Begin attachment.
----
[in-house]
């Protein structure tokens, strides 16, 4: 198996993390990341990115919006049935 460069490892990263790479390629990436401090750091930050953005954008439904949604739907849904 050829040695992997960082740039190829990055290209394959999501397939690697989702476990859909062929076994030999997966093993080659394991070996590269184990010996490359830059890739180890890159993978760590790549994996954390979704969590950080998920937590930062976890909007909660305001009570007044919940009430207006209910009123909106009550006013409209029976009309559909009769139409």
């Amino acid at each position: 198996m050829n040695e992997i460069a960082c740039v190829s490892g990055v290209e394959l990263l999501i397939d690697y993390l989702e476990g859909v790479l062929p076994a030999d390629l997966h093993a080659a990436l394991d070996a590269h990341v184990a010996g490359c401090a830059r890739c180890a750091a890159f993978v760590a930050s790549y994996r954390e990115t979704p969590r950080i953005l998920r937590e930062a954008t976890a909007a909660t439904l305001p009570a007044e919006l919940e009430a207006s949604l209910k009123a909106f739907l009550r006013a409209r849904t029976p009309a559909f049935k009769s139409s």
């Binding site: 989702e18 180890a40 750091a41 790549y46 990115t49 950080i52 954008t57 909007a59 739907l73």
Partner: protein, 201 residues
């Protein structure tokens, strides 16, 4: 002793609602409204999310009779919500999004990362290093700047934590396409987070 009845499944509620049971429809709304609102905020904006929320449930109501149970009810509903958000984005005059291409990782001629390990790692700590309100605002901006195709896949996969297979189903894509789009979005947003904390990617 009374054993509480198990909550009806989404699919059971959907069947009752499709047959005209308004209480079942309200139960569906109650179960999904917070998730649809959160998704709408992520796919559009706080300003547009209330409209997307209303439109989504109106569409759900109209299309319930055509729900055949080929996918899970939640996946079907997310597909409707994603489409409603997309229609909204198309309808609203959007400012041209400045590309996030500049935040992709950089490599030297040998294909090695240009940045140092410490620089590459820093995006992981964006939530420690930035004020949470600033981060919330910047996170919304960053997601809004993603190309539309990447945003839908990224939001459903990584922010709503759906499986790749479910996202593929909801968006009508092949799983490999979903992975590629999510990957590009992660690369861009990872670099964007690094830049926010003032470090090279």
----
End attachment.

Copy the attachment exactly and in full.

[in-house]
């Protein structure tokens, strides 16, 4: 198996993390990341990115919006049935 460069490892990263790479390629990436401090750091930050953005954008439904949604739907849904 050829040695992997960082740039190829990055290209394959999501397939690697989702476990859909062929076994030999997966093993080659394991070996590269184990010996490359830059890739180890890159993978760590790549994996954390979704969590950080998920937590930062976890909007909660305001009570007044919940009430207006209910009123909106009550006013409209029976009309559909009769139409």
């Amino acid at each position: 198996m050829n040695e992997i460069a960082c740039v190829s490892g990055v290209e394959l990263l999501i397939d690697y993390l989702e476990g859909v790479l062929p076994a030999d390629l997966h093993a080659a990436l394991d070996a590269h990341v184990a010996g490359c401090a830059r890739c180890a750091a890159f993978v760590a930050s790549y994996r954390e990115t979704p969590r950080i953005l998920r937590e930062a954008t976890a909007a909660t439904l305001p009570a007044e919006l919940e009430a207006s949604l209910k009123a909106f739907l009550r006013a409209r849904t029976p009309a559909f049935k009769s139409s």
């Binding site: 989702e18 180890a40 750091a41 790549y46 990115t49 950080i52 954008t57 909007a59 739907l73």
Partner: protein, 201 residues
């Protein structure tokens, strides 16, 4: 002793609602409204999310009779919500999004990362290093700047934590396409987070 009845499944509620049971429809709304609102905020904006929320449930109501149970009810509903958000984005005059291409990782001629390990790692700590309100605002901006195709896949996969297979189903894509789009979005947003904390990617 009374054993509480198990909550009806989404699919059971959907069947009752499709047959005209308004209480079942309200139960569906109650179960999904917070998730649809959160998704709408992520796919559009706080300003547009209330409209997307209303439109989504109106569409759900109209299309319930055509729900055949080929996918899970939640996946079907997310597909409707994603489409409603997309229609909204198309309808609203959007400012041209400045590309996030500049935040992709950089490599030297040998294909090695240009940045140092410490620089590459820093995006992981964006939530420690930035004020949470600033981060919330910047996170919304960053997601809004993603190309539309990447945003839908990224939001459903990584922010709503759906499986790749479910996202593929909801968006009508092949799983490999979903992975590629999510990957590009992660690369861009990872670099964007690094830049926010003032470090090279």